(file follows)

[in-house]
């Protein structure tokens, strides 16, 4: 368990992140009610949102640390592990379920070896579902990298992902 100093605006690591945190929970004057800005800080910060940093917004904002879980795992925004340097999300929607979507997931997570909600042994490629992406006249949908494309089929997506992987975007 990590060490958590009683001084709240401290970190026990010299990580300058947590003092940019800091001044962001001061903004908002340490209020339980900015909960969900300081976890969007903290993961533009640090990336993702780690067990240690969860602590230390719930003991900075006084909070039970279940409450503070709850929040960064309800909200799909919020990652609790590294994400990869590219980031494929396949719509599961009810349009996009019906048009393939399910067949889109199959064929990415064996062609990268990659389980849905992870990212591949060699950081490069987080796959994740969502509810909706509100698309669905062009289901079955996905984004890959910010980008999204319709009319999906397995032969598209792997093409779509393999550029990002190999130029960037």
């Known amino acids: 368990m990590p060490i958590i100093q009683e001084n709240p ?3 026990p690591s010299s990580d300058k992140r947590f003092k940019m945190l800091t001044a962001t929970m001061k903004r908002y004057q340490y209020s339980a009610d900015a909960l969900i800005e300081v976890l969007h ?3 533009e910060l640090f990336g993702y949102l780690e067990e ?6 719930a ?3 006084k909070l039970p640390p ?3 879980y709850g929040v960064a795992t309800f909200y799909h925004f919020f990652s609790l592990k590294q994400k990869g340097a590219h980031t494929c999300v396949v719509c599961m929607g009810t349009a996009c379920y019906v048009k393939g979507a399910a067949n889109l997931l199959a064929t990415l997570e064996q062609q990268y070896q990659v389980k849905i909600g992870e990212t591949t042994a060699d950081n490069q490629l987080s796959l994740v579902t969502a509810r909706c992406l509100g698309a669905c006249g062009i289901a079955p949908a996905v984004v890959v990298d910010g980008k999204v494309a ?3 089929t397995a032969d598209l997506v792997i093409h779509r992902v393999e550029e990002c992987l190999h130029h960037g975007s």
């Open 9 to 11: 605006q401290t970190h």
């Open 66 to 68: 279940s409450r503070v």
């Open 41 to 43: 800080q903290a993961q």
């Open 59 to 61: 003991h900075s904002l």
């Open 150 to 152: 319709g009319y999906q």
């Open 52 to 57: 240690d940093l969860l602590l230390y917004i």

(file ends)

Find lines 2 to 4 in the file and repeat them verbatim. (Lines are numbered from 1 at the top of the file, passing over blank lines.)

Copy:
């Protein structure tokens, strides 16, 4: 368990992140009610949102640390592990379920070896579902990298992902 100093605006690591945190929970004057800005800080910060940093917004904002879980795992925004340097999300929607979507997931997570909600042994490629992406006249949908494309089929997506992987975007 990590060490958590009683001084709240401290970190026990010299990580300058947590003092940019800091001044962001001061903004908002340490209020339980900015909960969900300081976890969007903290993961533009640090990336993702780690067990240690969860602590230390719930003991900075006084909070039970279940409450503070709850929040960064309800909200799909919020990652609790590294994400990869590219980031494929396949719509599961009810349009996009019906048009393939399910067949889109199959064929990415064996062609990268990659389980849905992870990212591949060699950081490069987080796959994740969502509810909706509100698309669905062009289901079955996905984004890959910010980008999204319709009319999906397995032969598209792997093409779509393999550029990002190999130029960037």
């Known amino acids: 368990m990590p060490i958590i100093q009683e001084n709240p ?3 026990p690591s010299s990580d300058k992140r947590f003092k940019m945190l800091t001044a962001t929970m001061k903004r908002y004057q340490y209020s339980a009610d900015a909960l969900i800005e300081v976890l969007h ?3 533009e910060l640090f990336g993702y949102l780690e067990e ?6 719930a ?3 006084k909070l039970p640390p ?3 879980y709850g929040v960064a795992t309800f909200y799909h925004f919020f990652s609790l592990k590294q994400k990869g340097a590219h980031t494929c999300v396949v719509c599961m929607g009810t349009a996009c379920y019906v048009k393939g979507a399910a067949n889109l997931l199959a064929t990415l997570e064996q062609q990268y070896q990659v389980k849905i909600g992870e990212t591949t042994a060699d950081n490069q490629l987080s796959l994740v579902t969502a509810r909706c992406l509100g698309a669905c006249g062009i289901a079955p949908a996905v984004v890959v990298d910010g980008k999204v494309a ?3 089929t397995a032969d598209l997506v792997i093409h779509r992902v393999e550029e990002c992987l190999h130029h960037g975007s």
């Open 9 to 11: 605006q401290t970190h």